Location: Baker County OR

Gold Discovery on Giffin’s Gulch

A little more than thirty-one years have passed away since the first discovery of gold on Griffin’s Gulch an event which led to the first permanent settlement in Eastern Oregon southwest of the blue mountains. Many of the pioneers of thirty years ago are still living, but their number is growing less year after year, and soon there will be no living witness to the stirring events. The toils, hardships and adventures of those gold seekers who first made known the resources of the country. True, the old emigrant road passes through Powder river valley, and most of the early

Baker City, Baker County Oregon History

Baker City In the month of August 1864, R. A. Pierce laid claim to the SE ¼ of Sec. 17, Tp. 9. S. 40, east of the Willamette meridian, and proceeded in 1865 to get a title to the same from the state. He built a house west of where the court house now stands, and early in the spring of 1865 laid off the SE quarter of the quarter section for a town site, which he named Baker, but somehow people would call it Baker City and that became the adopted name. Mr. Fisher owned the land east of

St. Stephens Episcopal Church, Baker County, Oregon

The first service of the Episcopal Church held in Baker City was by the Rt. Rev. R. W. Morris, D.D., June 5, 1870. The bishop found two communicants, in the city, Mrs. Brown and Mrs. Henderson. Finding that there was a sentiment favorable to the enterprise of building a church a subscription paper was circulated and the sum of $900 was pledged for a building fund. That amount not being sufficient for the purpose, the matter rested for a time. In June 1873, at the request of Bishop Morris, Rev. R. D. Nevius took charge of the mission in Grande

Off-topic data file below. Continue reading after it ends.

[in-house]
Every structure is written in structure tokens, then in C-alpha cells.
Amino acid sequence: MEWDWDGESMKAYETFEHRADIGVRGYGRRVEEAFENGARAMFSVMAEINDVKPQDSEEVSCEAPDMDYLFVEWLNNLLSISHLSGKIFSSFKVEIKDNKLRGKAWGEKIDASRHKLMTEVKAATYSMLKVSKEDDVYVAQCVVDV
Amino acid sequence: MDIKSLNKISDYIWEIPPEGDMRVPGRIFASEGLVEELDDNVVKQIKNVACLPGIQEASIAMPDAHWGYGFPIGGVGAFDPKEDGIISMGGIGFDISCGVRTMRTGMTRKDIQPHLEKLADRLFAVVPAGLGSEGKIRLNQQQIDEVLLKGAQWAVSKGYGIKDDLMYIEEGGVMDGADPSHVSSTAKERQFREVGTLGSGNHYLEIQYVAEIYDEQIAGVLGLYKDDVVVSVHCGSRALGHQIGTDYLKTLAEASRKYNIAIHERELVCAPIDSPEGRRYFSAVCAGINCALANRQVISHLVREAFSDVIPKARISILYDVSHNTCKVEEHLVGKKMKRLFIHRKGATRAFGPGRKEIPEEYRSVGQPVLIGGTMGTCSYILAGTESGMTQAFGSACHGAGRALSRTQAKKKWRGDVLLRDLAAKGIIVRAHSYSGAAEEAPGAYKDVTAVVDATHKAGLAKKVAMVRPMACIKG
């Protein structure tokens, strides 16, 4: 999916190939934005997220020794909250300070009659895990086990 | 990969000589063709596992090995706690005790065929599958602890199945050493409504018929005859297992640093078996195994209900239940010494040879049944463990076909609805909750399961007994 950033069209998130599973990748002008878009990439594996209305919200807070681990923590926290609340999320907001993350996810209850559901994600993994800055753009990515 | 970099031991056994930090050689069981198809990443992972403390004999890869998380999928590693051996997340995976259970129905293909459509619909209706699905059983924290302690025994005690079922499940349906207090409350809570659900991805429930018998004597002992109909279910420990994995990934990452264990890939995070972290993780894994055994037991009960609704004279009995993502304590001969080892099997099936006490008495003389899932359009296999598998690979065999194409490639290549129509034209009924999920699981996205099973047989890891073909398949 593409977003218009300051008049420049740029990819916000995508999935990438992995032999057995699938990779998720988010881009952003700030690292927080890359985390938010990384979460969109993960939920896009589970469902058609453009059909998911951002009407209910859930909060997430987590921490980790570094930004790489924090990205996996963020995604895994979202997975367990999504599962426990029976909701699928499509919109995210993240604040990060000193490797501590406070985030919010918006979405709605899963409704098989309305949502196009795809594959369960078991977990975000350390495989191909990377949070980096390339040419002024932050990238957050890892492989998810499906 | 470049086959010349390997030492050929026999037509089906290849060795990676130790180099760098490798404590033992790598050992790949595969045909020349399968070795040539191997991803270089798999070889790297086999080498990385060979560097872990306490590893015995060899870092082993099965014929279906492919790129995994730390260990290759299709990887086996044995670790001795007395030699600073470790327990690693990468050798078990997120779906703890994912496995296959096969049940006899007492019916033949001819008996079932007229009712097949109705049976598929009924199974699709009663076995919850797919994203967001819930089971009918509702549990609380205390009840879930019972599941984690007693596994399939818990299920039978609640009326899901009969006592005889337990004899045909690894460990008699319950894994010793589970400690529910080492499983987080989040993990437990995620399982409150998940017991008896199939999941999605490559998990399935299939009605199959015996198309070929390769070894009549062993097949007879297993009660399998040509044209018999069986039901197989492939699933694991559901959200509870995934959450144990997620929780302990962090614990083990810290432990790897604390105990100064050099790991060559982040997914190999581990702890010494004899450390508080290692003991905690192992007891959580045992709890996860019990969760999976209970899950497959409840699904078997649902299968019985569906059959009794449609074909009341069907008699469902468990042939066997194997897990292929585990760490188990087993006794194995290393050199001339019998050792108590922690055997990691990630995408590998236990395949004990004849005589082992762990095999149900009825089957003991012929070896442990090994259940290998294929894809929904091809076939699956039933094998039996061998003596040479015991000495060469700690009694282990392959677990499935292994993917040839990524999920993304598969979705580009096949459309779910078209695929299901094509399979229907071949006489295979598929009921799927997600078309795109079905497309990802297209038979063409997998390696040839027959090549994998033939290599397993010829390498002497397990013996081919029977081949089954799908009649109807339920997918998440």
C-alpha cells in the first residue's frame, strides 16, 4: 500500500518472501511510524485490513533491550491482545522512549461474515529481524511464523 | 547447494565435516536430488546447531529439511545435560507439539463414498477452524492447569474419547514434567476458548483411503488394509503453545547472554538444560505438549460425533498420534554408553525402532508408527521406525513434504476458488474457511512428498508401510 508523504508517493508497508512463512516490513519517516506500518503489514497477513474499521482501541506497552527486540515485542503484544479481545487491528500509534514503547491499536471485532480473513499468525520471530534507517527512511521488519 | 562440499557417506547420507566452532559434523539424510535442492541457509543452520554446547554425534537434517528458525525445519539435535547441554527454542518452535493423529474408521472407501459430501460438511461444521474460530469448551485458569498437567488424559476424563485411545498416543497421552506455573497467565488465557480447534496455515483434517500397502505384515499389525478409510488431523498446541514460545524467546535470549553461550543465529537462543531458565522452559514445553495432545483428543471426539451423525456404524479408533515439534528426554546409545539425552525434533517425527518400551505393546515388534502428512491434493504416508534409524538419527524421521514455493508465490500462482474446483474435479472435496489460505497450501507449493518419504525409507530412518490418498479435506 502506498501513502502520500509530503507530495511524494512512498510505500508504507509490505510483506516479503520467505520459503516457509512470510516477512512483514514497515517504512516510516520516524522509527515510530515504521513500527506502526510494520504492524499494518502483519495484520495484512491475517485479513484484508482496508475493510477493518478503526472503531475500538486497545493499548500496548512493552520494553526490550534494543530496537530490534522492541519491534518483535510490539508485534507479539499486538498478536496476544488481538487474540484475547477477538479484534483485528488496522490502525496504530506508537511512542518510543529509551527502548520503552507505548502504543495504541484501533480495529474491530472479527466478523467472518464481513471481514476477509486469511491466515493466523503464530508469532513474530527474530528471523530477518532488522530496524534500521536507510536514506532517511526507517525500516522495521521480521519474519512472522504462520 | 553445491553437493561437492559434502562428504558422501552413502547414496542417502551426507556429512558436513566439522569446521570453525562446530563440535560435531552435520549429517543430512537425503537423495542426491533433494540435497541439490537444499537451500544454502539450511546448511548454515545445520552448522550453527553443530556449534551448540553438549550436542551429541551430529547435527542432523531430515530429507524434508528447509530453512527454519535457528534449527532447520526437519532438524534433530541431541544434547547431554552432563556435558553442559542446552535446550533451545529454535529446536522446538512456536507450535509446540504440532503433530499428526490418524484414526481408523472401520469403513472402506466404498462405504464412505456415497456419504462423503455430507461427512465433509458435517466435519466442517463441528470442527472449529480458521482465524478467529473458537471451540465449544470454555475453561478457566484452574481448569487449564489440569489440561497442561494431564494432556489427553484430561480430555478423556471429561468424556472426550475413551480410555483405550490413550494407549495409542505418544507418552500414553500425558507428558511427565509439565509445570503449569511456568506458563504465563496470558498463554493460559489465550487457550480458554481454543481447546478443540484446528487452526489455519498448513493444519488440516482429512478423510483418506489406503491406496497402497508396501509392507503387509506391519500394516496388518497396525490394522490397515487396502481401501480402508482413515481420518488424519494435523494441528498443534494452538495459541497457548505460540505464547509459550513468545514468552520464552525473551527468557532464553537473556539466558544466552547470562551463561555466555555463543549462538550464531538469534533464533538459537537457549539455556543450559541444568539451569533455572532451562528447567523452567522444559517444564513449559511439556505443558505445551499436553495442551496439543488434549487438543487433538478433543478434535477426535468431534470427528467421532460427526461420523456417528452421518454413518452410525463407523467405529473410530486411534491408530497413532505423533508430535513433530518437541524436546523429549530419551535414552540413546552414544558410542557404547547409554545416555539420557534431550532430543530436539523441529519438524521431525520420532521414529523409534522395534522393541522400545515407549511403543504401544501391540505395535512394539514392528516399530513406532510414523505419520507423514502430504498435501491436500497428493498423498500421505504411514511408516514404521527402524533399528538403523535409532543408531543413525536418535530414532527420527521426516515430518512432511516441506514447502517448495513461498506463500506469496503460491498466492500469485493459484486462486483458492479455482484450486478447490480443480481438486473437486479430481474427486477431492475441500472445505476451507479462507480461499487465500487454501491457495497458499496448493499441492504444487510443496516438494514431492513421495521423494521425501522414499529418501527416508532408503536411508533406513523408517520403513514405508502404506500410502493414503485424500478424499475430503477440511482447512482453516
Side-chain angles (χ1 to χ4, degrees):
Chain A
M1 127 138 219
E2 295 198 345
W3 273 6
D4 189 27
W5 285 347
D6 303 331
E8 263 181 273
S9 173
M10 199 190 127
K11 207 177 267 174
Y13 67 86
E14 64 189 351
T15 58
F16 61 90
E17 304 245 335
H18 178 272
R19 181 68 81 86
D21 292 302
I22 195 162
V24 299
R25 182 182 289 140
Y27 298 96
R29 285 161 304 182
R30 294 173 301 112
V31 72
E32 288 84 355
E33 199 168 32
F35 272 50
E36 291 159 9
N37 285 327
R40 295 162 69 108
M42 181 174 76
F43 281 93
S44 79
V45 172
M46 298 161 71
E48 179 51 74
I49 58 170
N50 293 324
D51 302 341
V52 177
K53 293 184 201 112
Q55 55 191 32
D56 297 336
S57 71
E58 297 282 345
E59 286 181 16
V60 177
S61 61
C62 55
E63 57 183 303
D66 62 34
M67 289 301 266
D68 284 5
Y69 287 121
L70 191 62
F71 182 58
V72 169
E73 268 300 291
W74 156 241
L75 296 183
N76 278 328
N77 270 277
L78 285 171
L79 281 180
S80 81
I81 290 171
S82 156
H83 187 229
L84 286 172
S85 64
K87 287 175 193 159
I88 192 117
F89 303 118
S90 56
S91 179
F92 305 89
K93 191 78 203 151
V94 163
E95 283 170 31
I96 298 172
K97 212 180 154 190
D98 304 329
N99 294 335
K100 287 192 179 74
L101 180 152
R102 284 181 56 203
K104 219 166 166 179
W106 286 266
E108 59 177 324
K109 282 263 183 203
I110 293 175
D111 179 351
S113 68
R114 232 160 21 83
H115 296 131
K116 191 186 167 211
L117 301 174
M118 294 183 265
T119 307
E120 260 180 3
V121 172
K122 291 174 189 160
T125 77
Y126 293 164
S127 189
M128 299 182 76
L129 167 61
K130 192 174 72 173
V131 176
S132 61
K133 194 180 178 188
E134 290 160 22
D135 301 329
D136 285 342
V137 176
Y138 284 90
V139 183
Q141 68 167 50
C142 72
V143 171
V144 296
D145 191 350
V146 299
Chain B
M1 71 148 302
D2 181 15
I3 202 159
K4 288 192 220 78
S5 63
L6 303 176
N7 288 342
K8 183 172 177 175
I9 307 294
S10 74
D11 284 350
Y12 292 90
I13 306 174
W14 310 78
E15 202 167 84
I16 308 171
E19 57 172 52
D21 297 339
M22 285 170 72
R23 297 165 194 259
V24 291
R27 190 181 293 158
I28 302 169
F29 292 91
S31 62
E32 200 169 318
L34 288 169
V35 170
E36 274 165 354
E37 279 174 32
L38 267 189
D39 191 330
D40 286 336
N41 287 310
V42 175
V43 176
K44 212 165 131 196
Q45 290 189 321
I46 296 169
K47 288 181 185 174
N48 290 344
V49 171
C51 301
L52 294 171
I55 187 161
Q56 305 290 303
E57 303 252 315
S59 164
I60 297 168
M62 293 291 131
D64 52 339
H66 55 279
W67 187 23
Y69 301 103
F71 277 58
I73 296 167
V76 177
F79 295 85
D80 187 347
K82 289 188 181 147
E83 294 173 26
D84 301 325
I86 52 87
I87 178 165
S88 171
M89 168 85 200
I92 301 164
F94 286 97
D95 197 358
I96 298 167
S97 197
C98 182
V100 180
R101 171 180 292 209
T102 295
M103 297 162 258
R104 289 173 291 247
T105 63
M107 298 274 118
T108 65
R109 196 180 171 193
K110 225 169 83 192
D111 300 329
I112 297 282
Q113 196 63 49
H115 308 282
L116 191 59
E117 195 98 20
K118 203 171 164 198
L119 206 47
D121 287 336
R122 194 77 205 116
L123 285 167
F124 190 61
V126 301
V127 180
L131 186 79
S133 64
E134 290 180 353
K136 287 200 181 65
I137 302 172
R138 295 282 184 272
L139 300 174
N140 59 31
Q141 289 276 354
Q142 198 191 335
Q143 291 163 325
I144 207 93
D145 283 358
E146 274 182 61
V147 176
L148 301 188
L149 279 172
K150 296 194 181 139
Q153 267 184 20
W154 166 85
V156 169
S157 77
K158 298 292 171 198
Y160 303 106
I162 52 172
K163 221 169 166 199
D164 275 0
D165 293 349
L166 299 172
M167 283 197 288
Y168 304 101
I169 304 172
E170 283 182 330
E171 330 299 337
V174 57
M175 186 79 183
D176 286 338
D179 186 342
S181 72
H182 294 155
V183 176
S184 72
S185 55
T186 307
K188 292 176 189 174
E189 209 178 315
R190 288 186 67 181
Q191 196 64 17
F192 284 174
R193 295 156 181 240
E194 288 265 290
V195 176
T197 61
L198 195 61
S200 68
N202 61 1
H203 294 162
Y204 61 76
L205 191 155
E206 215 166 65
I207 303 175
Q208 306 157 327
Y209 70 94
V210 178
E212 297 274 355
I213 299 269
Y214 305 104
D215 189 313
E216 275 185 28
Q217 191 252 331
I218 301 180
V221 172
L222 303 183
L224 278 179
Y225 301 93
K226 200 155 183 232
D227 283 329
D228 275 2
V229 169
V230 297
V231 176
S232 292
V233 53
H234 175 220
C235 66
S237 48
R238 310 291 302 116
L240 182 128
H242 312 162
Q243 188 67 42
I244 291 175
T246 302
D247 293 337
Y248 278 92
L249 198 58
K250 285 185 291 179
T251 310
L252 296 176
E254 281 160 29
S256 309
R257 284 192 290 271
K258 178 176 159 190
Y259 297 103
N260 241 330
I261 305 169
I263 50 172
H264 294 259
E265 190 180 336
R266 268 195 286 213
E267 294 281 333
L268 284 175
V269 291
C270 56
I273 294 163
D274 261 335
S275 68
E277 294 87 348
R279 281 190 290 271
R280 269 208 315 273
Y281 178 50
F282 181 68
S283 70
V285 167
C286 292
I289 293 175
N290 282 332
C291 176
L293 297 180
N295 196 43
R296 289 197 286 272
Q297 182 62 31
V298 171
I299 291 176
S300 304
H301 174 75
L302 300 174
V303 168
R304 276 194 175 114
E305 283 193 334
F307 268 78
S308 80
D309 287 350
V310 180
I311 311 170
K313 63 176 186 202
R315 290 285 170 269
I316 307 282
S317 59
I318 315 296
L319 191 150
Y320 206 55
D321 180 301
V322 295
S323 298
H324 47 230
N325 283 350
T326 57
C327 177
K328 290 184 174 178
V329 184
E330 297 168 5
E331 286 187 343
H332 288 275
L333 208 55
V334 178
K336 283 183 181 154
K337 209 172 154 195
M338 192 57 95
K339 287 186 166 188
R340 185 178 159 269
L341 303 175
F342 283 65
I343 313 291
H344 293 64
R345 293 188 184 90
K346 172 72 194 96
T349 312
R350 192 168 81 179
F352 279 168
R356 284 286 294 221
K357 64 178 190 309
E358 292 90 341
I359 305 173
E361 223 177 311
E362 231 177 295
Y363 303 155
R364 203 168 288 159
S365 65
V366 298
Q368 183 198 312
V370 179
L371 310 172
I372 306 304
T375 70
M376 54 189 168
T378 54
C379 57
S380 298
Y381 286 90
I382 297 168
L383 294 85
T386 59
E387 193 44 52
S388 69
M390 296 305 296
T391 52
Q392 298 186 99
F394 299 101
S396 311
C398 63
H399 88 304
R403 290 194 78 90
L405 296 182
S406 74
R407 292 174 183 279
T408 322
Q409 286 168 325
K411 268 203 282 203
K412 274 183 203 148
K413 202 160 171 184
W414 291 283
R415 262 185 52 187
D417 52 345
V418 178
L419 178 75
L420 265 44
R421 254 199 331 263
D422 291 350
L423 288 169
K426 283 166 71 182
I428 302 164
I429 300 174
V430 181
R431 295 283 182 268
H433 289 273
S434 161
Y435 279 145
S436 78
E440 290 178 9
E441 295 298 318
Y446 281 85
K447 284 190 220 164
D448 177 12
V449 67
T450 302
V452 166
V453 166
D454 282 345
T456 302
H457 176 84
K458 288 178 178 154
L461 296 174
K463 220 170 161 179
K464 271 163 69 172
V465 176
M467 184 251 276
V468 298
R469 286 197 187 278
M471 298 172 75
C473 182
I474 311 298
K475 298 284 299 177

Baker Valley Oregon Churches

Ministers of various denominations visited Baker County and held meetings at different places, but no one was a resident minister within the county prior to 1868. The Rev. Ellsworth, of La Grande, came to Powder River Valley frequently in 1864-5, and later Elder Newton of the Methodist church, south, held meetings, frequently at Auburn and in the valley. The Rev. Koger of the Baptist church preached at Wingville a number of times, but the Methodist Episcopal church was the first to appoint a resident pastor and hold regular services. The following sketch of the work of the church was kindly

Baker County Oregon Sketches

Sydney Abell, Justice of the Peace opened the first legally constituted court in Baker County, October 29th 1862. The first case was that of the people vs. D. Scott, action to bind defendant to keep the peace, entered on complaint of Thomas Ricketts. The prosecuting witness failed to appear and the case was dismissed. Of the thirty-two cases docketed up to January 1st, 1863, there were four of the kind above cited, three suits about town lots in Auburn, Fifteen to recover money, five replevin cases, one unlawful detention, one felonious intent to cheat, one petty larceny, one assault and